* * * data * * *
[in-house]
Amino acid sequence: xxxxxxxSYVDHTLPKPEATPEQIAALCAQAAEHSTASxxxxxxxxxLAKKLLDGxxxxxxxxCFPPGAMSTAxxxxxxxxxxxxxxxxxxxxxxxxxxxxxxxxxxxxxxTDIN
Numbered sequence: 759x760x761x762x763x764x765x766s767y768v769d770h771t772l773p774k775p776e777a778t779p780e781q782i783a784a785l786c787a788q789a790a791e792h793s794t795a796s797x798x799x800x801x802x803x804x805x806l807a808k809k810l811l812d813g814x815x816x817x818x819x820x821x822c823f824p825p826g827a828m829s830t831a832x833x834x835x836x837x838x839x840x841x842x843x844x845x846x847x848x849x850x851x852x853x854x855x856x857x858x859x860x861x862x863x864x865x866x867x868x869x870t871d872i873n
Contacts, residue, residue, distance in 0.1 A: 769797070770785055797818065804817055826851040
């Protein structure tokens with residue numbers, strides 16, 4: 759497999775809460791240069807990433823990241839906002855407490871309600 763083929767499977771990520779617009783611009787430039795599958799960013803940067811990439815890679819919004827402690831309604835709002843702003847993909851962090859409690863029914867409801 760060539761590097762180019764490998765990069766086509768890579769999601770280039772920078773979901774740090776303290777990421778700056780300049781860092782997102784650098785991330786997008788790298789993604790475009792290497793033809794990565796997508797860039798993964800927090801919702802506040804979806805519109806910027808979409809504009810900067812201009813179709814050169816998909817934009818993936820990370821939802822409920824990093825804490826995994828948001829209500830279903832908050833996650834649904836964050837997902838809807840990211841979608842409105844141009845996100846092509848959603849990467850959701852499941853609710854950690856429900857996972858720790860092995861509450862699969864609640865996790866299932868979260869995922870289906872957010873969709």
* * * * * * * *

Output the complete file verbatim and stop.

[in-house]
Amino acid sequence: xxxxxxxSYVDHTLPKPEATPEQIAALCAQAAEHSTASxxxxxxxxxLAKKLLDGxxxxxxxxCFPPGAMSTAxxxxxxxxxxxxxxxxxxxxxxxxxxxxxxxxxxxxxxTDIN
Numbered sequence: 759x760x761x762x763x764x765x766s767y768v769d770h771t772l773p774k775p776e777a778t779p780e781q782i783a784a785l786c787a788q789a790a791e792h793s794t795a796s797x798x799x800x801x802x803x804x805x806l807a808k809k810l811l812d813g814x815x816x817x818x819x820x821x822c823f824p825p826g827a828m829s830t831a832x833x834x835x836x837x838x839x840x841x842x843x844x845x846x847x848x849x850x851x852x853x854x855x856x857x858x859x860x861x862x863x864x865x866x867x868x869x870t871d872i873n
Contacts, residue, residue, distance in 0.1 A: 769797070770785055797818065804817055826851040
């Protein structure tokens with residue numbers, strides 16, 4: 759497999775809460791240069807990433823990241839906002855407490871309600 763083929767499977771990520779617009783611009787430039795599958799960013803940067811990439815890679819919004827402690831309604835709002843702003847993909851962090859409690863029914867409801 760060539761590097762180019764490998765990069766086509768890579769999601770280039772920078773979901774740090776303290777990421778700056780300049781860092782997102784650098785991330786997008788790298789993604790475009792290497793033809794990565796997508797860039798993964800927090801919702802506040804979806805519109806910027808979409809504009810900067812201009813179709814050169816998909817934009818993936820990370821939802822409920824990093825804490826995994828948001829209500830279903832908050833996650834649904836964050837997902838809807840990211841979608842409105844141009845996100846092509848959603849990467850959701852499941853609710854950690856429900857996972858720790860092995861509450862699969864609640865996790866299932868979260869995922870289906872957010873969709």